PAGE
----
Exchange Rate Models are Not as Bad as You Think

61 Pages Posted: 23 May 2012

See all articles by Charles M. Engel

Charles M. Engel

University of Wisconsin - Madison - Department of Economics; National Bureau of Economic Research (NBER); University of Washington - Department of Economics

Nelson C. Mark

University of Notre Dame - Department of Economics and Econometrics; National Bureau of Economic Research (NBER)

Kenneth D. West

University of Wisconsin - Madison - Department of Economics; National Bureau of Economic Research (NBER)

Date Written: August 2007

Abstract

Standard models of exchange rates, based on macroeconomic variables such as prices, interest rates, output, etc., are thought by many researchers to have failed empirically. We present evidence to the contrary. First, we emphasize the point that "beating a random walk" in forecasting is too strong a criterion for accepting an exchange rate model. Typically models should have low forecasting power of this type. We then propose a number of alternative ways to evaluate models. We examine in-sample fit, but emphasize the importance of the monetary policy rule, and its effects on expectations, in determining exchange rates. Next we present evidence that exchange rates incorporate news about future macroeconomic fundamentals, as the models imply. We demonstrate that the models might well be able to account for observed exchange-rate volatility. We discuss studies that examine the response of exchange rates to announcements of economic data. Then we present estimates of exchange-rate models in which expected present values of fundamentals are calculated from survey forecasts. Finally, we show that out-of-sample forecasting power of models can be increased by focusing on panel estimation and long-horizon forecasts.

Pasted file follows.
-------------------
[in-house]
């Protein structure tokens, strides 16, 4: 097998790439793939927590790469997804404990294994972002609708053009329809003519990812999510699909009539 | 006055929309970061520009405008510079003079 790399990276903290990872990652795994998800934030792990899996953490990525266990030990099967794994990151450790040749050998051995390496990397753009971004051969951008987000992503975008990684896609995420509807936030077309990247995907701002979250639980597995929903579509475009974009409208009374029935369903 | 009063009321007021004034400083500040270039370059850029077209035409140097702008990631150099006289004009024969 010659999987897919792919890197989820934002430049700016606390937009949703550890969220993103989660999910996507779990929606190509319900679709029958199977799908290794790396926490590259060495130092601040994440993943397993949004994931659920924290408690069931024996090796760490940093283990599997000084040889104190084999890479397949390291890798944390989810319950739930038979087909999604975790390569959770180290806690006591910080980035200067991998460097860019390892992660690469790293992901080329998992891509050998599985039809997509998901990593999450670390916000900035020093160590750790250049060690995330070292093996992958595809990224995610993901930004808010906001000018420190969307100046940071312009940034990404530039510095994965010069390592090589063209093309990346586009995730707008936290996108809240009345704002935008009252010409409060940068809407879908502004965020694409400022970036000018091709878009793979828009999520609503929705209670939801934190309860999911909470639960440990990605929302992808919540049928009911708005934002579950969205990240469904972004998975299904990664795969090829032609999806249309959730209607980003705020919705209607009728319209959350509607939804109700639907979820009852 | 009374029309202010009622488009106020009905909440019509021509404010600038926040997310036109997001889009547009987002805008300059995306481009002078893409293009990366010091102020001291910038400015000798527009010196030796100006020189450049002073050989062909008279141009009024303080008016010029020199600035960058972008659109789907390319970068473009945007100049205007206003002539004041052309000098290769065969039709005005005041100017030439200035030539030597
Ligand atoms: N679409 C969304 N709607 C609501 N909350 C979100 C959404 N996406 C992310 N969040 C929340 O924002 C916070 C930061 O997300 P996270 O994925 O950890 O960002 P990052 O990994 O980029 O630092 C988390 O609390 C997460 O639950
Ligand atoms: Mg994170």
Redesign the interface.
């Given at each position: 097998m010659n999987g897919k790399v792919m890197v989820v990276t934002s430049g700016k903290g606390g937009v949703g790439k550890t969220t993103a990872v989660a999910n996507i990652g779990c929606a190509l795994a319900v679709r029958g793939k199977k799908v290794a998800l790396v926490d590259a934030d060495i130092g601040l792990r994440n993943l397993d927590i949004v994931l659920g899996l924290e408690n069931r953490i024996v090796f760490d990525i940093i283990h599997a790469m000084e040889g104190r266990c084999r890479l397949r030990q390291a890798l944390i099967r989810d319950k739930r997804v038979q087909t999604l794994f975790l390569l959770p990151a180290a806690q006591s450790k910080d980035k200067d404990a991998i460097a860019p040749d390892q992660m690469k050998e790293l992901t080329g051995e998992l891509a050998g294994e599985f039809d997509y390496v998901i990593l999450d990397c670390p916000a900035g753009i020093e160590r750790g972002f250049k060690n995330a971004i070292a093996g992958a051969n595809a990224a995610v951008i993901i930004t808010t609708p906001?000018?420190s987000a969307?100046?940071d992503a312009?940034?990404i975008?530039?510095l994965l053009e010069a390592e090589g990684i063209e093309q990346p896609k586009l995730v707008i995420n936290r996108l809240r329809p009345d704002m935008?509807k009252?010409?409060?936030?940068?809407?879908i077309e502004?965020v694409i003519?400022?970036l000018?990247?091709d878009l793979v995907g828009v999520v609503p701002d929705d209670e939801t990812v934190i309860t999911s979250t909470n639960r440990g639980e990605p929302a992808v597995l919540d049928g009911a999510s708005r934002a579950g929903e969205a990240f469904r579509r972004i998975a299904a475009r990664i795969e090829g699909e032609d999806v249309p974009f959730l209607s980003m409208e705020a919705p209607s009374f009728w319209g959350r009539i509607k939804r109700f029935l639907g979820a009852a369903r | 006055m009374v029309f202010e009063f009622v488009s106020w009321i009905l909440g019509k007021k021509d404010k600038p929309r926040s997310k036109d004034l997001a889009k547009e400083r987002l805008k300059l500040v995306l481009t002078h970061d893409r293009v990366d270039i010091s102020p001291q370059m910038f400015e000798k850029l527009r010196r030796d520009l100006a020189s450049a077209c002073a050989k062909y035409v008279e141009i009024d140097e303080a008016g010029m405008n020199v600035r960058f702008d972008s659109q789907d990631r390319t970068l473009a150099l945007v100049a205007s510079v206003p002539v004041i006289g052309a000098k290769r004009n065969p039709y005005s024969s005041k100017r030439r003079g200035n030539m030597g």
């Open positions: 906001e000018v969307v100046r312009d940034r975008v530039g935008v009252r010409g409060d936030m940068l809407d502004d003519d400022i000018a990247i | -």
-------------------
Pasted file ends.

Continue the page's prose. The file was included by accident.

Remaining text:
Suggested Citation

Engel, Charles M. and Mark, Nelson Chung and West, Kenneth D., Exchange Rate Models are Not as Bad as You Think (August 2007). NBER Working Paper No. w13318. Available at SSRN: https://ssrn.com/abstract=2065144

Charles M. Engel (Contact Author)

University of Wisconsin - Madison - Department of Economics ( email )

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Madison, WI 53706
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National Bureau of Economic Research (NBER)

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University of Washington - Department of Economics ( email )

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Nelson Chung Mark

University of Notre Dame - Department of Economics and Econometrics ( email )

442 Flanner
Notre Dame, IN 46556
United States

National Bureau of Economic Research (NBER)

1050 Massachusetts Avenue
Cambridge, MA 02138
United States

Kenneth D. West

University of Wisconsin - Madison - Department of Economics ( email )

1180 Observatory Drive
Madison, WI 53706
United States
608-262-0033 (Phone)
608-262-2033 (Fax)

National Bureau of Economic Research (NBER) ( email )

1050 Massachusetts Avenue
Cambridge, MA 02138
United States

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